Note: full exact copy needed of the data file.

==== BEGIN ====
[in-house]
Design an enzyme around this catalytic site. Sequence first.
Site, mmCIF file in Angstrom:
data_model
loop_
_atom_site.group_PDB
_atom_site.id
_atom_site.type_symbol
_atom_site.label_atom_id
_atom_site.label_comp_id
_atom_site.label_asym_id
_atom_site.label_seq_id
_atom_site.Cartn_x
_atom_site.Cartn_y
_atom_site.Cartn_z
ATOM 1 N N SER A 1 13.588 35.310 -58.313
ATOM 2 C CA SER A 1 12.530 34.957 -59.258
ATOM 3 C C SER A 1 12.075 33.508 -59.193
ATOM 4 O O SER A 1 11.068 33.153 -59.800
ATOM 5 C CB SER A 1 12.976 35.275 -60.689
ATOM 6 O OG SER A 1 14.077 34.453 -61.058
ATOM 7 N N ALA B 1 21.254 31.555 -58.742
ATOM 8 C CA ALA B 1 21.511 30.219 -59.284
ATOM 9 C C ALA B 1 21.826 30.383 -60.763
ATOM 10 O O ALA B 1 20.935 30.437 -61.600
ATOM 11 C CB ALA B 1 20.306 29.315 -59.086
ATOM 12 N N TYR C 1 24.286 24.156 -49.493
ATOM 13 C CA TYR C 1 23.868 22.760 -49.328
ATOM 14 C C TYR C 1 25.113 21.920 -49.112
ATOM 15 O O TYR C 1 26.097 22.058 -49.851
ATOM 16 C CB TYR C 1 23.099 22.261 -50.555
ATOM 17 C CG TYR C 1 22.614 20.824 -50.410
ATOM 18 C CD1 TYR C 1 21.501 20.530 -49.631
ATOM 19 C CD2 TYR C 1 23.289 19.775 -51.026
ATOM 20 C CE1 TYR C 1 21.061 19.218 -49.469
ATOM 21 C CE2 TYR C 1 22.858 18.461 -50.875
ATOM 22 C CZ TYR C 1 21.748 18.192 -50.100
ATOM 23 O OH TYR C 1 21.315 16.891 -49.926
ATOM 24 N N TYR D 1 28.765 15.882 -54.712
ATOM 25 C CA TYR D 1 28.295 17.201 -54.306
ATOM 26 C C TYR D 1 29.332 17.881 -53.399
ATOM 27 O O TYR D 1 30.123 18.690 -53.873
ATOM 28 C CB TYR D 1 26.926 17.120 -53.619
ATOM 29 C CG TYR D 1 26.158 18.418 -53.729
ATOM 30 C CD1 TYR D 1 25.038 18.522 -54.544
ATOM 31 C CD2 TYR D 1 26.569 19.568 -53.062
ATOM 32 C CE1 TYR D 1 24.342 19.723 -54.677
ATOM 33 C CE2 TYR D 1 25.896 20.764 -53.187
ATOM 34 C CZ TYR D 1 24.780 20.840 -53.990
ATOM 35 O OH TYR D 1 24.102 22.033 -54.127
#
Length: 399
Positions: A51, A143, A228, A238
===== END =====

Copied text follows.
[in-house]
Design an enzyme around this catalytic site. Sequence first.
Site, mmCIF file in Angstrom:
data_model
loop_
_atom_site.group_PDB
_atom_site.id
_atom_site.type_symbol
_atom_site.label_atom_id
_atom_site.label_comp_id
_atom_site.label_asym_id
_atom_site.label_seq_id
_atom_site.Cartn_x
_atom_site.Cartn_y
_atom_site.Cartn_z
ATOM 1 N N SER A 1 13.588 35.310 -58.313
ATOM 2 C CA SER A 1 12.530 34.957 -59.258
ATOM 3 C C SER A 1 12.075 33.508 -59.193
ATOM 4 O O SER A 1 11.068 33.153 -59.800
ATOM 5 C CB SER A 1 12.976 35.275 -60.689
ATOM 6 O OG SER A 1 14.077 34.453 -61.058
ATOM 7 N N ALA B 1 21.254 31.555 -58.742
ATOM 8 C CA ALA B 1 21.511 30.219 -59.284
ATOM 9 C C ALA B 1 21.826 30.383 -60.763
ATOM 10 O O ALA B 1 20.935 30.437 -61.600
ATOM 11 C CB ALA B 1 20.306 29.315 -59.086
ATOM 12 N N TYR C 1 24.286 24.156 -49.493
ATOM 13 C CA TYR C 1 23.868 22.760 -49.328
ATOM 14 C C TYR C 1 25.113 21.920 -49.112
ATOM 15 O O TYR C 1 26.097 22.058 -49.851
ATOM 16 C CB TYR C 1 23.099 22.261 -50.555
ATOM 17 C CG TYR C 1 22.614 20.824 -50.410
ATOM 18 C CD1 TYR C 1 21.501 20.530 -49.631
ATOM 19 C CD2 TYR C 1 23.289 19.775 -51.026
ATOM 20 C CE1 TYR C 1 21.061 19.218 -49.469
ATOM 21 C CE2 TYR C 1 22.858 18.461 -50.875
ATOM 22 C CZ TYR C 1 21.748 18.192 -50.100
ATOM 23 O OH TYR C 1 21.315 16.891 -49.926
ATOM 24 N N TYR D 1 28.765 15.882 -54.712
ATOM 25 C CA TYR D 1 28.295 17.201 -54.306
ATOM 26 C C TYR D 1 29.332 17.881 -53.399
ATOM 27 O O TYR D 1 30.123 18.690 -53.873
ATOM 28 C CB TYR D 1 26.926 17.120 -53.619
ATOM 29 C CG TYR D 1 26.158 18.418 -53.729
ATOM 30 C CD1 TYR D 1 25.038 18.522 -54.544
ATOM 31 C CD2 TYR D 1 26.569 19.568 -53.062
ATOM 32 C CE1 TYR D 1 24.342 19.723 -54.677
ATOM 33 C CE2 TYR D 1 25.896 20.764 -53.187
ATOM 34 C CZ TYR D 1 24.780 20.840 -53.990
ATOM 35 O OH TYR D 1 24.102 22.033 -54.127
#
Length: 399
Positions: A51, A143, A228, A238